Modulating inhibitory response control through potentiation of GluN2D subunit-containing NMDA receptors

Patrick M. Callahan, Alvin V. Terry, Frederick R. Nelson, Robert A. Volkmann, A. B. Vinod, Mohd Zainuddin, Frank S. Menniti

Research output: Contribution to journalArticle

Abstract

NMDA receptors containing GluN2D subunits are expressed in the subthalamic nucleus and external globus pallidus, key nuclei of the indirect and hyperdirect pathways of the basal ganglia. This circuitry integrates cortical input with dopaminergic signaling to select advantageous behaviors among available choices. In the experiments described here, we characterized the effects of PTC-174, a novel positive allosteric modulator (PAM) of GluN2D subunit-containing NMDA receptors, on response control regulated by this circuitry. The indirect pathway suppresses less advantageous behavioral choices, a manifestation of which is suppression of locomotor activity in rats. Systemic administration of PTC-174 produced a dose-dependent reduction in activity in rats placed in a novel open field or administered the stimulants MK-801 or amphetamine. The hyperdirect pathway controls release of decisions from the basal ganglia to the cortex to optimize choice processing. Such response control was modeled in rats as premature responding in the 5-choice serial reaction time (5-CSRT) task. PTC-174 produced a dose-dependent reduction in premature responding in this task. These data suggest that potentiation of GluN2D receptor activity by PTC-174 facilitates the complex basal ganglia information processing that underlies response control. The behavioral effects occurred at estimated free PTC-174 brain concentrations predicted to induce 10–50% increases in GluN2D activity. The present findings suggest the potential of GluN2D PAMs to modulate basal ganglia function and to treat neurological disorders related to dysfunctional response control.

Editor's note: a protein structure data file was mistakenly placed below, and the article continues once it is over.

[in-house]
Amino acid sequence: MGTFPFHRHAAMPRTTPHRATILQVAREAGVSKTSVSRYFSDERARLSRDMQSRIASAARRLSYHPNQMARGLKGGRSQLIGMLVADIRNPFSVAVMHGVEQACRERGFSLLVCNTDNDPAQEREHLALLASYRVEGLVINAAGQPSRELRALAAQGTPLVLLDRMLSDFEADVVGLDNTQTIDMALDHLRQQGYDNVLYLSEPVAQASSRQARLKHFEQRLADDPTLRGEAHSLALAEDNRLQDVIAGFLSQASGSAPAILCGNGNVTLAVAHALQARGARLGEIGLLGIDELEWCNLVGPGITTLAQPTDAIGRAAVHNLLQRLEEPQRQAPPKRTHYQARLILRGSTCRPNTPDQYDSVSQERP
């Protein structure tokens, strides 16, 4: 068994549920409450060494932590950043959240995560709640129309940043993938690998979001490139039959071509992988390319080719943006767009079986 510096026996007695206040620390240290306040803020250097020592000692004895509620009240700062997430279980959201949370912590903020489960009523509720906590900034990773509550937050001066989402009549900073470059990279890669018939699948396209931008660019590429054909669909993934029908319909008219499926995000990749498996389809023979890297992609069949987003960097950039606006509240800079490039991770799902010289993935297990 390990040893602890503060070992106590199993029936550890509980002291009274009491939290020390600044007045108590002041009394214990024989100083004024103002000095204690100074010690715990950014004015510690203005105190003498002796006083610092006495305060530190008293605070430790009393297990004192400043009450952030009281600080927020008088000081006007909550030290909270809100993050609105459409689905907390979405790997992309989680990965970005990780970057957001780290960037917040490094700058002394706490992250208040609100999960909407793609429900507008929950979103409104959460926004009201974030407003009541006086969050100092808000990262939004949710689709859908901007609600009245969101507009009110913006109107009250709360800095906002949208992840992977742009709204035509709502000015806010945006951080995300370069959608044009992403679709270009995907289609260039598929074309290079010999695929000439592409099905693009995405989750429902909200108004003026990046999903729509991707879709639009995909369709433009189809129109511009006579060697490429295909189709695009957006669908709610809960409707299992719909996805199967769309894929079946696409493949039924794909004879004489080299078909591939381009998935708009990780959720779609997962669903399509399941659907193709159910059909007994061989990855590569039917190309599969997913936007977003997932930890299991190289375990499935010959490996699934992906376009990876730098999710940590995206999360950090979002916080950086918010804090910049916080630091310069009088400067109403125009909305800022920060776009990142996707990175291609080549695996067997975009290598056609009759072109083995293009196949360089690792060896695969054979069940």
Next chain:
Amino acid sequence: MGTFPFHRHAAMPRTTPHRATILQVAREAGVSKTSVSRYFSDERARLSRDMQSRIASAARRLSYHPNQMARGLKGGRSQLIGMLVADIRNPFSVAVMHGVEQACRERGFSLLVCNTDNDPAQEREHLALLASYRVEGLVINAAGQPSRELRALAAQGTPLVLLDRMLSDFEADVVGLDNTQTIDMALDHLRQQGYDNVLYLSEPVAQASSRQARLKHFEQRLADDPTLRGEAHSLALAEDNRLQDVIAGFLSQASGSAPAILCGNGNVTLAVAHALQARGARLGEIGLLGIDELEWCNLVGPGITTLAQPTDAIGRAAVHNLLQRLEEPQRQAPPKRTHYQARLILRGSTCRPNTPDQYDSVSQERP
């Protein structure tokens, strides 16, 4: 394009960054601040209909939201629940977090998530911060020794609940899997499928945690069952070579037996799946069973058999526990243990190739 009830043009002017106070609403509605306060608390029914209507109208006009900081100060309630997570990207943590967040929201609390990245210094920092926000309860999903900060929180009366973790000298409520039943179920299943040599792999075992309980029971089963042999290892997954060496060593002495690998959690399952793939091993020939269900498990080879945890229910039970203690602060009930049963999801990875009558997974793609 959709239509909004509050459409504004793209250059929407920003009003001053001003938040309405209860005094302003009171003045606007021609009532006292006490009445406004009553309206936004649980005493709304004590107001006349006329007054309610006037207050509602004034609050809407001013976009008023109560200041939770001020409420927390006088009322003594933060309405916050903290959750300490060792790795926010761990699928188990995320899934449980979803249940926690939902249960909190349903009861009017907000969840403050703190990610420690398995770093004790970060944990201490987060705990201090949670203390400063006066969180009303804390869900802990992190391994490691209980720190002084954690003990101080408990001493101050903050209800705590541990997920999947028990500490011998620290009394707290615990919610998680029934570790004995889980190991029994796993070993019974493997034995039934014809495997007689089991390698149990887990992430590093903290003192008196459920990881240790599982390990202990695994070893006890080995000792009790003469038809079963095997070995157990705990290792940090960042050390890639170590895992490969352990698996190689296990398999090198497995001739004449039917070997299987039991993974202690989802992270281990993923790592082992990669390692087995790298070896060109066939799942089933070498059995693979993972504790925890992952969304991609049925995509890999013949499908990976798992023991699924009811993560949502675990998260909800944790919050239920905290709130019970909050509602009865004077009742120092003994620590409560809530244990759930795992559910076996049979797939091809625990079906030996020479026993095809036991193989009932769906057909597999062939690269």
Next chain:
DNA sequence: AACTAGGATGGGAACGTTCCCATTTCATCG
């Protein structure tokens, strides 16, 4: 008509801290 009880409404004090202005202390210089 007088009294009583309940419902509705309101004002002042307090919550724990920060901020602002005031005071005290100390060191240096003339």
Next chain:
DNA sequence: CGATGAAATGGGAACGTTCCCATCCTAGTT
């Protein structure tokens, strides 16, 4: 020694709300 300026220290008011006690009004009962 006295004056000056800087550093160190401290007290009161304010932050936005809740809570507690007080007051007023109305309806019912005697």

Original languageEnglish (US)
Article number107994
JournalNeuropharmacology
Volume173
DOIs
StateAccepted/In press - Jan 1 2020

Keywords

  • Basal ganglia
  • Executive function
  • GluN2D positive allosteric modulators
  • Inhibitory response control
  • NMDA receptors

ASJC Scopus subject areas

  • Pharmacology
  • Cellular and Molecular Neuroscience

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